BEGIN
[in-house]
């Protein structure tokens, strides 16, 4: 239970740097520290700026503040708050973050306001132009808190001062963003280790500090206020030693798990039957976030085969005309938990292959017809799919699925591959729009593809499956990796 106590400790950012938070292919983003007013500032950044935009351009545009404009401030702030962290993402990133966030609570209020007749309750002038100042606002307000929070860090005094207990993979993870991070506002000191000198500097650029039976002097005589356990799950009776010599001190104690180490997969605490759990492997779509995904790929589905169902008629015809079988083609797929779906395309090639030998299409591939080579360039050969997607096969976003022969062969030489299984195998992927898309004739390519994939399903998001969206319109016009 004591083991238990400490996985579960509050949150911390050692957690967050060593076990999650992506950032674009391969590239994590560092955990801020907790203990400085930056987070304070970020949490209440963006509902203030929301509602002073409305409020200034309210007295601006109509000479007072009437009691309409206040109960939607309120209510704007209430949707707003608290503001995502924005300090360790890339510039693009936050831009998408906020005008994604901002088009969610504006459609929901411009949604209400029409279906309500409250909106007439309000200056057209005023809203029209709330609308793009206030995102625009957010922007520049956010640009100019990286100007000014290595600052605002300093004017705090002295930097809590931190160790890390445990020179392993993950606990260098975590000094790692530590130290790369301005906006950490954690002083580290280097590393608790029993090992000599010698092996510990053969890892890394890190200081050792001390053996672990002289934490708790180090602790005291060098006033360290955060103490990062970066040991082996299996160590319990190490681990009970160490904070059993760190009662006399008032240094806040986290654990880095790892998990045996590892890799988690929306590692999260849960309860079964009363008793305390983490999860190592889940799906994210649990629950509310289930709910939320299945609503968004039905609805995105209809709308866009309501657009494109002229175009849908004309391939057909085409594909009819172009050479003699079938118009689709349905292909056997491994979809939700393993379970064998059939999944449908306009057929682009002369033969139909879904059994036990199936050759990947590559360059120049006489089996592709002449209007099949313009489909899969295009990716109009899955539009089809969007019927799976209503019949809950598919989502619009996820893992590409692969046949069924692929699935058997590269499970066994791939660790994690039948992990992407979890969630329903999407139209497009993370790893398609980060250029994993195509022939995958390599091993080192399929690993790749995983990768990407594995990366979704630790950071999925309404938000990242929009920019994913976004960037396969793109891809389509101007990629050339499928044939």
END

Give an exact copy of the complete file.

[in-house]
């Protein structure tokens, strides 16, 4: 239970740097520290700026503040708050973050306001132009808190001062963003280790500090206020030693798990039957976030085969005309938990292959017809799919699925591959729009593809499956990796 106590400790950012938070292919983003007013500032950044935009351009545009404009401030702030962290993402990133966030609570209020007749309750002038100042606002307000929070860090005094207990993979993870991070506002000191000198500097650029039976002097005589356990799950009776010599001190104690180490997969605490759990492997779509995904790929589905169902008629015809079988083609797929779906395309090639030998299409591939080579360039050969997607096969976003022969062969030489299984195998992927898309004739390519994939399903998001969206319109016009 004591083991238990400490996985579960509050949150911390050692957690967050060593076990999650992506950032674009391969590239994590560092955990801020907790203990400085930056987070304070970020949490209440963006509902203030929301509602002073409305409020200034309210007295601006109509000479007072009437009691309409206040109960939607309120209510704007209430949707707003608290503001995502924005300090360790890339510039693009936050831009998408906020005008994604901002088009969610504006459609929901411009949604209400029409279906309500409250909106007439309000200056057209005023809203029209709330609308793009206030995102625009957010922007520049956010640009100019990286100007000014290595600052605002300093004017705090002295930097809590931190160790890390445990020179392993993950606990260098975590000094790692530590130290790369301005906006950490954690002083580290280097590393608790029993090992000599010698092996510990053969890892890394890190200081050792001390053996672990002289934490708790180090602790005291060098006033360290955060103490990062970066040991082996299996160590319990190490681990009970160490904070059993760190009662006399008032240094806040986290654990880095790892998990045996590892890799988690929306590692999260849960309860079964009363008793305390983490999860190592889940799906994210649990629950509310289930709910939320299945609503968004039905609805995105209809709308866009309501657009494109002229175009849908004309391939057909085409594909009819172009050479003699079938118009689709349905292909056997491994979809939700393993379970064998059939999944449908306009057929682009002369033969139909879904059994036990199936050759990947590559360059120049006489089996592709002449209007099949313009489909899969295009990716109009899955539009089809969007019927799976209503019949809950598919989502619009996820893992590409692969046949069924692929699935058997590269499970066994791939660790994690039948992990992407979890969630329903999407139209497009993370790893398609980060250029994993195509022939995958390599091993080192399929690993790749995983990768990407594995990366979704630790950071999925309404938000990242929009920019994913976004960037396969793109891809389509101007990629050339499928044939």